Encyclopedia of Contemporary French Culture

By Alex Hughes; Keith Reader | Go to book overview

would safeguard Algérie française (French Algeria), quickly realized that the war was politically unwinnable and set about ridding the country of what had become a threat to the Republic and a barrier to postwar reconstruction. Skilfully exploiting his personal prestige, the semi-presidential constitution of the new Fifth Republic, and his incomparable mastery of the mass media, de Gaulle was able finally to break the settler and military stranglehold on Algerian policy. His declaration of the Algerians' right to self-determination on 16 September 1959 was a watershed, prompting armed challenges to his authority by the forces of colonial reaction. Having faced down the pieds-noirs during the so-called 'Week of the Barricades' in January 1960, he would overcome an attempted army putsch in April 1961. Subsequent negotiations with the FLN led to a ceasefire on 19 March 1962, with Algerian independence being declared a few months later.

PHILIP DINE


Further reading

d
Droz, B. and Lever, E. (1982) Histoire de la guerre d'Algérie, 1954-1962, Paris: Éditions du Seuil (the best French-language introduction to the war).

h
Home, A. (1977) A Savage War of Peace: Algeria, 1954-1962, London: Macmillan (still the standard English-language history of the conflict).

s
Stora, B. (1992) La Gangrène et l'oubli: la mémoire de la guerre d'Algérie, Paris: La Découverte (an examination of the difficulties still faced by France and Algeria in coming to terms with the war).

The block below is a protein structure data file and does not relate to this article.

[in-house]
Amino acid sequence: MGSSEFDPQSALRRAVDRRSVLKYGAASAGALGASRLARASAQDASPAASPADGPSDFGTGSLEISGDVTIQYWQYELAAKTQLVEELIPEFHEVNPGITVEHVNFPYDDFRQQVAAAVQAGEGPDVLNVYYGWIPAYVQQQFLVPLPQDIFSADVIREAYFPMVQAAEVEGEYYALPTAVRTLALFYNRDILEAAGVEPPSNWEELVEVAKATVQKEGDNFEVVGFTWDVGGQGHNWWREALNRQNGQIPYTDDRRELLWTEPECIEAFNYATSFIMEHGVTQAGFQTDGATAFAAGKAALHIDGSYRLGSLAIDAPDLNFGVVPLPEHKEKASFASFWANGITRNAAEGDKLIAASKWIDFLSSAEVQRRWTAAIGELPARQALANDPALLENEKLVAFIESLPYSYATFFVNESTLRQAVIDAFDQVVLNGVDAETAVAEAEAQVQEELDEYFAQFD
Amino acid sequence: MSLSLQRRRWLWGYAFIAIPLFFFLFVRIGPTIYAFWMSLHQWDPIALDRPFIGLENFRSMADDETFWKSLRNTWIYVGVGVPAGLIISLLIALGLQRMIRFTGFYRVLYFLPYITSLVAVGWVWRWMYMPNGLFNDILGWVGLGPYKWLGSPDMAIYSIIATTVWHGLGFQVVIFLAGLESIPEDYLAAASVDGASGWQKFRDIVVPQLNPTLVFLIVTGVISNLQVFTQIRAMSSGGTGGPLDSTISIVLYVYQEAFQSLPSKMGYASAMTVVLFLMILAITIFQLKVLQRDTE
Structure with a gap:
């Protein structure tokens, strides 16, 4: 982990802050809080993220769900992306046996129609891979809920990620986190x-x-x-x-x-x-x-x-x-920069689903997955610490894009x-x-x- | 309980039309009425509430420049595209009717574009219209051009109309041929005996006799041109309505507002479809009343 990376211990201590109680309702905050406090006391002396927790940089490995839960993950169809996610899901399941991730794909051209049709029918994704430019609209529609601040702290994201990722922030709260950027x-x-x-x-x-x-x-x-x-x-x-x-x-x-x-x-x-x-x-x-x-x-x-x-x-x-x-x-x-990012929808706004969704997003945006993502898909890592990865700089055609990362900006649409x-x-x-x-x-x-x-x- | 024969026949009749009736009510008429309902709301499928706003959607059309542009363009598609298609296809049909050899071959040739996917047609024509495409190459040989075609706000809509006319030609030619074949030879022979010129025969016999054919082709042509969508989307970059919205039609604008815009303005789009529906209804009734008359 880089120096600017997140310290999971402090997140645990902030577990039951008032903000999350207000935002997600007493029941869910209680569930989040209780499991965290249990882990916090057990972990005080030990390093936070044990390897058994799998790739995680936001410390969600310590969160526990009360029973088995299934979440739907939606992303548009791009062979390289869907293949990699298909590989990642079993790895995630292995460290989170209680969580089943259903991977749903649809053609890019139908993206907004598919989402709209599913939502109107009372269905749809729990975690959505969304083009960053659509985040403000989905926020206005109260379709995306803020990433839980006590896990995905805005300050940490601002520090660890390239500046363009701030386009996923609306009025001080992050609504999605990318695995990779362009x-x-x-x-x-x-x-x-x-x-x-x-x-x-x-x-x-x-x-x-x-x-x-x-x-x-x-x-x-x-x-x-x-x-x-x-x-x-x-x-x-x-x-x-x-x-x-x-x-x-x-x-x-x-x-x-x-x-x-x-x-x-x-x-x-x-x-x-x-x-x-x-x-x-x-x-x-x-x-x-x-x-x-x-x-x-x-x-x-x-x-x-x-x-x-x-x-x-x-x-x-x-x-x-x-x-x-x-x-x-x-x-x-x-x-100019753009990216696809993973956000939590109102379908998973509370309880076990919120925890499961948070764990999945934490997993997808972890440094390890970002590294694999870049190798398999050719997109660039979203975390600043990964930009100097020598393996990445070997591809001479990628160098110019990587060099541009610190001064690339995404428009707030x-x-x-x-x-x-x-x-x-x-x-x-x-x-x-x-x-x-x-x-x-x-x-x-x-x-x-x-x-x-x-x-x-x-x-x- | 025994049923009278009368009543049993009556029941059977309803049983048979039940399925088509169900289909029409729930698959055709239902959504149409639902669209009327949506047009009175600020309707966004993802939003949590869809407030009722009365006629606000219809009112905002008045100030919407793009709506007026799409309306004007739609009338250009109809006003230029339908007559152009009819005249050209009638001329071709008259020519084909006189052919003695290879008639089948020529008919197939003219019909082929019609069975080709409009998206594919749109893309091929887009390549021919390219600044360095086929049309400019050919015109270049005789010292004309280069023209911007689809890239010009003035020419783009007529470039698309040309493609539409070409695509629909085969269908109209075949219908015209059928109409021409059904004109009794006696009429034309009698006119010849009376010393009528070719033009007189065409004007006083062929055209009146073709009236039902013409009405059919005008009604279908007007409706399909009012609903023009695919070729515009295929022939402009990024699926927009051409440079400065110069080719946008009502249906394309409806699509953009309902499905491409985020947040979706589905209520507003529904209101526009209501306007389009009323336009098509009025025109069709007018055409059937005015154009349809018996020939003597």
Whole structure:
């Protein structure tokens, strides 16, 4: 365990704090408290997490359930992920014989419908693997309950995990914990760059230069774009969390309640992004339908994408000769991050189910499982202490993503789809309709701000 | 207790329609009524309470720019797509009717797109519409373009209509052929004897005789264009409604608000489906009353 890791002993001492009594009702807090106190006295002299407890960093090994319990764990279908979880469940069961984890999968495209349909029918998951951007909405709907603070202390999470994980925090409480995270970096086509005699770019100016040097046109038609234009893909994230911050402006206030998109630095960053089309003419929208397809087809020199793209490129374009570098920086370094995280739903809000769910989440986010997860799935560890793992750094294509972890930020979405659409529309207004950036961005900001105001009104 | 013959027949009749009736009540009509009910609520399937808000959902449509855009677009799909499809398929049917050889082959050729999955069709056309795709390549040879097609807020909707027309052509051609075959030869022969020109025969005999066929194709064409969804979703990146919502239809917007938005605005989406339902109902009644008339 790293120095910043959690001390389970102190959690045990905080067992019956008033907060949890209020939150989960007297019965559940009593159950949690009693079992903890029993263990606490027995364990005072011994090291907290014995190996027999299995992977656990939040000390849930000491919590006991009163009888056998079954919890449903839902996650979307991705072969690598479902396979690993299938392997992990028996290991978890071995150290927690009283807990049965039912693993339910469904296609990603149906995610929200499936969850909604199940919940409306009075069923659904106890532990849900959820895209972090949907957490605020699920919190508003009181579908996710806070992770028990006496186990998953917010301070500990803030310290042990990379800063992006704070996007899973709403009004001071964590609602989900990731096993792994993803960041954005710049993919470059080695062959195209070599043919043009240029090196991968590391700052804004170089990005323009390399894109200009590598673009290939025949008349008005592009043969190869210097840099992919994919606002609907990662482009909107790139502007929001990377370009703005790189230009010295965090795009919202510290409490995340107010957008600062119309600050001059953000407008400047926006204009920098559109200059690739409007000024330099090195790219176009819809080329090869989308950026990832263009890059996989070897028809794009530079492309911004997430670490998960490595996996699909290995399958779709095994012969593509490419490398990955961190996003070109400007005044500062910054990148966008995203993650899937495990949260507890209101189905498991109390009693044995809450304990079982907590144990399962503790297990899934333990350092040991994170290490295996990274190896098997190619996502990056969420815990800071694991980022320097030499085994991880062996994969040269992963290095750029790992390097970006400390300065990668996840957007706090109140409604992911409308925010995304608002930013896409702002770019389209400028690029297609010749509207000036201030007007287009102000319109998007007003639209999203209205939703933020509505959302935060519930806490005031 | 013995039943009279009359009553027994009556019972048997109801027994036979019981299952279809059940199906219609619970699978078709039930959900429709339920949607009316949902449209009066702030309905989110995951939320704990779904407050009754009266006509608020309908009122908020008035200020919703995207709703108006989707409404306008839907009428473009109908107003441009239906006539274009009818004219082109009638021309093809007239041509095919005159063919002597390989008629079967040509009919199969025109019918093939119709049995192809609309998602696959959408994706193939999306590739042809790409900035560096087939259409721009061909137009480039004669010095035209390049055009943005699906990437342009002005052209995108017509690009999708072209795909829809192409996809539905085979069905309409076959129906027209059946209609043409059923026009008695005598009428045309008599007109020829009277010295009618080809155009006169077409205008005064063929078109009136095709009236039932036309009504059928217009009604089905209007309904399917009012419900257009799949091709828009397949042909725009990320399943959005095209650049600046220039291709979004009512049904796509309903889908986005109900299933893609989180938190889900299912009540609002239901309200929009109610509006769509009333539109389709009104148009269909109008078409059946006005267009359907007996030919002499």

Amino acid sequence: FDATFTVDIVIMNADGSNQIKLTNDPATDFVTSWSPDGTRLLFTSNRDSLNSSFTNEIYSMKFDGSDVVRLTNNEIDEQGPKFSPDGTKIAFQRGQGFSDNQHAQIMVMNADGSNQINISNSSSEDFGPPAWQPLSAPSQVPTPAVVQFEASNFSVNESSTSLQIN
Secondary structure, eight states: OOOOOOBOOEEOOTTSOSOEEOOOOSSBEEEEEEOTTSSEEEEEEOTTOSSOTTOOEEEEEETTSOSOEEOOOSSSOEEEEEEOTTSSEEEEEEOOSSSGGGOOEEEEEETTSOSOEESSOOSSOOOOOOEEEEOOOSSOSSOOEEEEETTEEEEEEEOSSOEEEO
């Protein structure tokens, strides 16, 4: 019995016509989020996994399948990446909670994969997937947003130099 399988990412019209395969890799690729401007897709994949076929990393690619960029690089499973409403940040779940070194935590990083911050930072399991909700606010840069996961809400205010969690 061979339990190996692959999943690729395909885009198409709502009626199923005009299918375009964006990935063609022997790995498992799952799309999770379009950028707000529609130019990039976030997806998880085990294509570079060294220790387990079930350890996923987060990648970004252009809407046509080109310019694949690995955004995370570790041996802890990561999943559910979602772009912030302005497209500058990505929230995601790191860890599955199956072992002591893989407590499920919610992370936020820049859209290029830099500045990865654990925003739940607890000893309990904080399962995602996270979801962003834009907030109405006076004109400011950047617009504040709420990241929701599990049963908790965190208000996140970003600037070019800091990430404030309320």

Althusser, Louis

b. 1918, Birmandreïs, Algeria;

d. 1990, La Verrière, Yvelines

Marxist philosopher

A Catholic militant in his youth, Althusser received his political education as a prisoner of war and in 1948 joined the French Communist Party (PCF). As a philosopher at the École Normale Supérieure, he influenced a generation of young people, who responded with enthusiasm to his attempt to revitalize the stultified Marxist theory of the 1950s. Applying his theory of symptomatic reading to the classic texts of Marxism, analysing gaps and silences, unanswered questions, as well as answers to unasked questions, he attempted to construct the conceptual system Marx himself had not been able to complete.

Rejecting the interpretation of Marxism as an ethical humanism, which dominated European Communist parties after the Twentieth Congress of the Soviet Communist Party, Althusser denied any continuity with Hegelian philosophy, stressing Marxism's revolutionary originality. In For Marx (Pour Marx) and Reading Capital (Lire le Capital), he applied principles learned from the Bachelardian school of historical epistemology to demonstrate that Marxism was a new development, inaugurating the science of history, through an epistemological break with previous ideological, non-scientific thinking. As a science, it was subject only to scientific criteria of validity, not to political pressures. Knowledge production was a process confined solely to the domain of thought, which he defined as theoretical practice. This position owed much to Spinoza's notion that truth contained its own norms of validity, but ran counter to orthodox communism's reflection theory of knowledge, which Althusser rejected as empiricist.

Only scientific knowledge had the status of knowledge; all else was dismissed as ideology, though in his key 1970 essay, 'Ideology and the Ideological State Apparatuses' ('Idéologie et appareils idéologiques d'État'), Althusser admitted that ideology was more than mere lack of knowledge or error. Not only was ideology a social practice, the mode in which individuals operated within the Ideological State

-13-

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